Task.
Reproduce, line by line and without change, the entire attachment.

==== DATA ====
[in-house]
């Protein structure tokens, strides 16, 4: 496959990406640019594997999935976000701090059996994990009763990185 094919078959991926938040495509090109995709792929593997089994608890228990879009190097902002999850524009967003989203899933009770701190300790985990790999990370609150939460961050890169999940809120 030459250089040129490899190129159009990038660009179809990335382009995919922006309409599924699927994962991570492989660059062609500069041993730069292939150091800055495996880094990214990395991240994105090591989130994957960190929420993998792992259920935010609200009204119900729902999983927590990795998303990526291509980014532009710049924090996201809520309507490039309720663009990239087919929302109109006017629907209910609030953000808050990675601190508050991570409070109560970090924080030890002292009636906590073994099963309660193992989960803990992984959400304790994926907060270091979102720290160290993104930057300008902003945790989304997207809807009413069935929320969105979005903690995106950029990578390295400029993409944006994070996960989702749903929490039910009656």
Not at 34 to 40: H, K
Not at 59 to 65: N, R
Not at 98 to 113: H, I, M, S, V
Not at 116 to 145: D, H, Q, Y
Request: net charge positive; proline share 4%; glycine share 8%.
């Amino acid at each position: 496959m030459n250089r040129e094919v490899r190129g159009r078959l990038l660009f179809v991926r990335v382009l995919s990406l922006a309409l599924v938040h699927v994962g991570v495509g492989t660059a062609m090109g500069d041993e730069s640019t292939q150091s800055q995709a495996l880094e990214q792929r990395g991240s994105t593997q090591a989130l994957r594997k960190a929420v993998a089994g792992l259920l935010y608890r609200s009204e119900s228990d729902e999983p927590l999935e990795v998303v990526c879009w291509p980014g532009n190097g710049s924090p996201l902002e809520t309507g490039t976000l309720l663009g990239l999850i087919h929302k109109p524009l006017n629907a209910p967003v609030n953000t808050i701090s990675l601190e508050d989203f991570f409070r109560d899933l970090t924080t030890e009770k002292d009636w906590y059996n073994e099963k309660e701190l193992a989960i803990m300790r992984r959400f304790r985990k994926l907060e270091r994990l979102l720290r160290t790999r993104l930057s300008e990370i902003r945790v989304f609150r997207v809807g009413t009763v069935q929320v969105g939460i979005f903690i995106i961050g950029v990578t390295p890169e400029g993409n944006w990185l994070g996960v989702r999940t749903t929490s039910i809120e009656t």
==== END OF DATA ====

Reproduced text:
[in-house]
């Protein structure tokens, strides 16, 4: 496959990406640019594997999935976000701090059996994990009763990185 094919078959991926938040495509090109995709792929593997089994608890228990879009190097902002999850524009967003989203899933009770701190300790985990790999990370609150939460961050890169999940809120 030459250089040129490899190129159009990038660009179809990335382009995919922006309409599924699927994962991570492989660059062609500069041993730069292939150091800055495996880094990214990395991240994105090591989130994957960190929420993998792992259920935010609200009204119900729902999983927590990795998303990526291509980014532009710049924090996201809520309507490039309720663009990239087919929302109109006017629907209910609030953000808050990675601190508050991570409070109560970090924080030890002292009636906590073994099963309660193992989960803990992984959400304790994926907060270091979102720290160290993104930057300008902003945790989304997207809807009413069935929320969105979005903690995106950029990578390295400029993409944006994070996960989702749903929490039910009656």
Not at 34 to 40: H, K
Not at 59 to 65: N, R
Not at 98 to 113: H, I, M, S, V
Not at 116 to 145: D, H, Q, Y
Request: net charge positive; proline share 4%; glycine share 8%.
């Amino acid at each position: 496959m030459n250089r040129e094919v490899r190129g159009r078959l990038l660009f179809v991926r990335v382009l995919s990406l922006a309409l599924v938040h699927v994962g991570v495509g492989t660059a062609m090109g500069d041993e730069s640019t292939q150091s800055q995709a495996l880094e990214q792929r990395g991240s994105t593997q090591a989130l994957r594997k960190a929420v993998a089994g792992l259920l935010y608890r609200s009204e119900s228990d729902e999983p927590l999935e990795v998303v990526c879009w291509p980014g532009n190097g710049s924090p996201l902002e809520t309507g490039t976000l309720l663009g990239l999850i087919h929302k109109p524009l006017n629907a209910p967003v609030n953000t808050i701090s990675l601190e508050d989203f991570f409070r109560d899933l970090t924080t030890e009770k002292d009636w906590y059996n073994e099963k309660e701190l193992a989960i803990m300790r992984r959400f304790r985990k994926l907060e270091r994990l979102l720290r160290t790999r993104l930057s300008e990370i902003r945790v989304f609150r997207v809807g009413t009763v069935q929320v969105g939460i979005f903690i995106i961050g950029v990578t390295p890169e400029g993409n944006w990185l994070g996960v989702r999940t749903t929490s039910i809120e009656t």